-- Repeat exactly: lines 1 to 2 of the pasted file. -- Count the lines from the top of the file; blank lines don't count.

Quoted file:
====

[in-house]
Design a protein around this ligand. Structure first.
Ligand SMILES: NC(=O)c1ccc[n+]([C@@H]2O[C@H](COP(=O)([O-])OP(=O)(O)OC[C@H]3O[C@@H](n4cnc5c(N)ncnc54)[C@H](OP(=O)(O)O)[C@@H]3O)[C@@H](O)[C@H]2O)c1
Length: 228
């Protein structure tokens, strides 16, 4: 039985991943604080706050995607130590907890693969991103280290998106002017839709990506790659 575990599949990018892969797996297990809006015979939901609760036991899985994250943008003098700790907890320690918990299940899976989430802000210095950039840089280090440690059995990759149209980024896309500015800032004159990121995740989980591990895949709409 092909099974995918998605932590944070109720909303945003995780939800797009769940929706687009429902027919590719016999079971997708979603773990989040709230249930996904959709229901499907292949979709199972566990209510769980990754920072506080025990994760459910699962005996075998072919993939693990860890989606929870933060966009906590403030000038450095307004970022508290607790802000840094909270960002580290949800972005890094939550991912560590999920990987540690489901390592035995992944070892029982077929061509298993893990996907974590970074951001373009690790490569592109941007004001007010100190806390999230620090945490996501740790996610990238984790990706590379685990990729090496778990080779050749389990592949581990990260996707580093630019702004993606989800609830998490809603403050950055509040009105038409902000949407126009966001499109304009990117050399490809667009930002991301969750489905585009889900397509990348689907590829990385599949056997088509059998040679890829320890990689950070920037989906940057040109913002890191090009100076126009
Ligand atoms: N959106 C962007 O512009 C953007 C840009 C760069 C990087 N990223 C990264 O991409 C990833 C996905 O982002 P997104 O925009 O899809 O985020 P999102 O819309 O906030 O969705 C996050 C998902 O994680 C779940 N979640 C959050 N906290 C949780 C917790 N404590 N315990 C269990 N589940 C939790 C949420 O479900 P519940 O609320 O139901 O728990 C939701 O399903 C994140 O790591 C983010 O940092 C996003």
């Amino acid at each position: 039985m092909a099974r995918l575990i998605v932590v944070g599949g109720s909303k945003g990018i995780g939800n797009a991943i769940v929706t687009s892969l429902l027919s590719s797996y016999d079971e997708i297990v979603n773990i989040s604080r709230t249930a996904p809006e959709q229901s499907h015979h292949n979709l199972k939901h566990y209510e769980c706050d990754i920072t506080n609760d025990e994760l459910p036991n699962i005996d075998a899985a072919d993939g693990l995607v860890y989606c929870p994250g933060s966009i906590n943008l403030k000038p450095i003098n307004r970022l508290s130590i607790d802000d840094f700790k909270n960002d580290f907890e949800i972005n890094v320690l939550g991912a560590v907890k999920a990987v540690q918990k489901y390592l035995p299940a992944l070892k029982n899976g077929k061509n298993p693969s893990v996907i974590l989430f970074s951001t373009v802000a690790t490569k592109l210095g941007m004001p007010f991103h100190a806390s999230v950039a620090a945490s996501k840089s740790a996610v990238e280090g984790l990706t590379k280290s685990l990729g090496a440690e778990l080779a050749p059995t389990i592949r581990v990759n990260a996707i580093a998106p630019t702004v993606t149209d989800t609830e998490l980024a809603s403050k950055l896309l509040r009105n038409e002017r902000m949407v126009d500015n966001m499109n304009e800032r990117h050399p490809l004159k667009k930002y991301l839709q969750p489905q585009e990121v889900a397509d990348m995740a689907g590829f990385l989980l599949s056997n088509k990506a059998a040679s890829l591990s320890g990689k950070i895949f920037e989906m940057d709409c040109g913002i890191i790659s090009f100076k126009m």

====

[in-house]
Design a protein around this ligand. Structure first.